“We just feel that eventually it would have been us anyway,” Ferrato said, adding that the Post has tried to find jobs around the restaurant for staff to do to give them hours while they’re closed, but that “it’s going to be tough — a lot of them rely on tips.”

Ferrato said that the Post is brainstorming ways it can serve the community during this time by either delivering or offering grab and go meals where no person-to-person interaction is limited, with distance between people. For now, though, everything is up in the air.

“I’m glad that certain places are able to deliver, I think that’s fantastic,” Ferrato said. “We’re hoping we can find something that works for us.”

Plank Coffee also limited their seating on Monday, and put together signs with specific requests for customers — asking them to use cards so cashiers don’t have to touch cash, asking patrons to limit the time they spend in the shop, as well as other requests. Anticipating a shelter in place order from the county, Plank switched up its interior again on March 17, putting stuff on top of tables so folks couldn’t sit down with their coffee or food. Just before press time, on March 18, Plank closed its doors and said that it would reopen as soon as it is safe.

They are, however, working on an online ordering and delivery service.

“What we’re working on currently is an online ordering portal so people can do their orders online. The goal is a delivery service, hopefully soon, where we’re not using any sort of Grub Hub (business) — we want to utilize our staff whenever we can to do this. We’ll hopefully have a delivery service up and running as soon as possible,” said Marne Dupere, co-owner of Plank.

They’re also planning to put a menu up online that features larger items that can serve as meals, like lasagna.

“We’re doing a catering menu where people can pre-order things like a lasagna or a full spinach quiche,” she said. “We’ll have a bunch of take-and-bake things like our house-made scones or our hand pies. We will be able to have those frozen items for people where we’ll be able to deliver them.”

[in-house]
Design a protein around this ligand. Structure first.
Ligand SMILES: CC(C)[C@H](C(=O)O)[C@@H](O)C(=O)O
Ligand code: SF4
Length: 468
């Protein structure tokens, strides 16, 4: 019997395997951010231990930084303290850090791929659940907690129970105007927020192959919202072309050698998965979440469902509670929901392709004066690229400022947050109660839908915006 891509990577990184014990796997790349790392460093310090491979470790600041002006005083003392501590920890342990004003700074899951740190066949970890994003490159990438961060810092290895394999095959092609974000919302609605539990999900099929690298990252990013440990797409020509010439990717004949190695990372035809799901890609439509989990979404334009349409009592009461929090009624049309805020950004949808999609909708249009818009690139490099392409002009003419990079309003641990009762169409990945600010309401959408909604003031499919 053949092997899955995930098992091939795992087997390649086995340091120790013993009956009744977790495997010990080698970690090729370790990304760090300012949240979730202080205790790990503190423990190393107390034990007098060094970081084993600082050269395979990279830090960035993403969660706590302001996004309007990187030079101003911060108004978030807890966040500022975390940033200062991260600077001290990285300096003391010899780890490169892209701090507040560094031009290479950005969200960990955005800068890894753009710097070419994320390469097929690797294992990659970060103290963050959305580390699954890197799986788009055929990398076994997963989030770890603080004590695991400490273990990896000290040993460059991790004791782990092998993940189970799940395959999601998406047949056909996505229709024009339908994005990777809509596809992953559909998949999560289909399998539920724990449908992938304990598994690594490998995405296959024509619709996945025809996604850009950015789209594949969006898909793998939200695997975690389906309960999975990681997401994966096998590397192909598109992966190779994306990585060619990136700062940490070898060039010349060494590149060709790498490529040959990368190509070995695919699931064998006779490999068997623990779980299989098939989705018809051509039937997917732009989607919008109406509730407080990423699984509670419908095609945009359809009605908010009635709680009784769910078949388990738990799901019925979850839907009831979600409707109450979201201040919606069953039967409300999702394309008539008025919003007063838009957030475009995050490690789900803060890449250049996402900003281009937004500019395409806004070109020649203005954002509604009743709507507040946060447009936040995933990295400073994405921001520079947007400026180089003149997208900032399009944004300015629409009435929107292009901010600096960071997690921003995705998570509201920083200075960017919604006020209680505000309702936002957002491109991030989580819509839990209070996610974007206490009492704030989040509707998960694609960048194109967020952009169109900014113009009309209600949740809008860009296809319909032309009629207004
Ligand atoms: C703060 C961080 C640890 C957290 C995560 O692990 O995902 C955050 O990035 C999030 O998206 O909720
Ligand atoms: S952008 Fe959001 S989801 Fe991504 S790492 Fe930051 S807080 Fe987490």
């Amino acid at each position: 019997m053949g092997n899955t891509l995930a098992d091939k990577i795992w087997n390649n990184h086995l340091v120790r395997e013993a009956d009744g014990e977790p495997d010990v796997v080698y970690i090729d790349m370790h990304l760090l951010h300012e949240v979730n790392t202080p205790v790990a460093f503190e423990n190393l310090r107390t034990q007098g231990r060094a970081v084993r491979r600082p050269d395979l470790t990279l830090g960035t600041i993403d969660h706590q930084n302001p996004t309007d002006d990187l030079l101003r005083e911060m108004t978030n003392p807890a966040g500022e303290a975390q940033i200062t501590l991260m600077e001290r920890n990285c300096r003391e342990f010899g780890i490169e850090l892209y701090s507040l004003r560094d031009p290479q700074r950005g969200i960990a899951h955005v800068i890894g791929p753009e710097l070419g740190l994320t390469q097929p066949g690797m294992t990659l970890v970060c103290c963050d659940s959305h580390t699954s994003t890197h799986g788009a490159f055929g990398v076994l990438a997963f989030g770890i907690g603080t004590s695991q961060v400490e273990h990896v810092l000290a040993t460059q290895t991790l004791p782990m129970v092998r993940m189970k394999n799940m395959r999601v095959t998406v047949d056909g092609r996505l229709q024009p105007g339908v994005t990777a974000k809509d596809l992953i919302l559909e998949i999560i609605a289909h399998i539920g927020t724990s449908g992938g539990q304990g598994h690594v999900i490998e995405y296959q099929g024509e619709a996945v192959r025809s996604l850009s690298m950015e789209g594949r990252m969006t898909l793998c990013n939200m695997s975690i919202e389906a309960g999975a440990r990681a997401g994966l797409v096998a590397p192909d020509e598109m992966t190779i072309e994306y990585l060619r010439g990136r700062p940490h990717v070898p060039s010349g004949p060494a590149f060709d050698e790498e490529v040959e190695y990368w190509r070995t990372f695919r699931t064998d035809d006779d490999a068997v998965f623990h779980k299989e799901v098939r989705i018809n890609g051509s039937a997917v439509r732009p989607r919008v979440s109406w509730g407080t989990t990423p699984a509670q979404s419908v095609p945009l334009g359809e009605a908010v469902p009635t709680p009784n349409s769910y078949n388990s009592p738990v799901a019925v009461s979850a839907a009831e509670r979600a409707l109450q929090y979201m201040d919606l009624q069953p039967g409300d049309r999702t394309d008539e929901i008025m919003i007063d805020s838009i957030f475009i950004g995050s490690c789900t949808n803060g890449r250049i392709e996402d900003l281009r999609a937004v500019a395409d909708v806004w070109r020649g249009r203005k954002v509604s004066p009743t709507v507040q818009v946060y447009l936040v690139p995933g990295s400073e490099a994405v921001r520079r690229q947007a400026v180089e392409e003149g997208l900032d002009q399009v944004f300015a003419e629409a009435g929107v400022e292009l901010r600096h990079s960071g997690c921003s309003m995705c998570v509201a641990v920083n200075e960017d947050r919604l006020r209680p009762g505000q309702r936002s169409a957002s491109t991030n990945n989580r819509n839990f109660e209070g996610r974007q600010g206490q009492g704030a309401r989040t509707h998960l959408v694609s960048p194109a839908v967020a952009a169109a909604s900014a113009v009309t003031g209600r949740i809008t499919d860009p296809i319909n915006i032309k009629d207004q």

Plank has seen a dramatic drop in sales over the past few days — a couple of days ago, sales were down 10% to 15%, Dupere said. As of Tuesday morning, they had dropped to around 50%.

“We all have to really help each other in this time, this is really not good for the restaurant industry. I’m hoping we can all kind of rally together,” Dupere said. “Let’s hope we get through this sooner than later — and safely.” 

“This is impacting our local businesses, our restaurants, our mom and pops, it’s impacting everybody,” said Cloverdale Chamber of Commerce Director Neena Hanchett in response to what she’s heard from businesses since the announcement.

Hanchett said that while the chamber tried to survey businesses Monday morning, the ever-changing nature of the situation surrounding COVID-19 made it so that as soon as surveys were completed, they were no longer accurate.

For now, Hanchett said that the chamber’s main goal is proliferating county and state information to local businesses. They’ll do that primarily through the chamber’s newsletter and Facebook page, she said.

Straying from food service, as of press time both The Clover Theater and Bolt Fabric + Home announced that they were closing for the foreseeable future.

One big unknown —perhaps the biggest unknown — echoed by all three of the restaurants was what the future holds.

“Obviously this is a fluid type of thing,” Nixon said. “The governor may say next that they're going to close us all and I wouldn’t be surprised. It is what it is and we’ll try to make the best of it.”

At its core though, even in times of crisis, Cloverdale is a community of people that come together. Papa’s, MoE’s and the Trading Post were all in similar situations during October’s Kincade Fire — during which local restaurants opened and served food amidst a power shutoff, donated food to be cooked by service groups or cooked it outside and gave it away so community members were fed.

“Cloverdale is known for taking care of each other and that’s not going to change,” Hanchett said. “What that looks like in two weeks, in three weeks, it’s everybody’s guess.”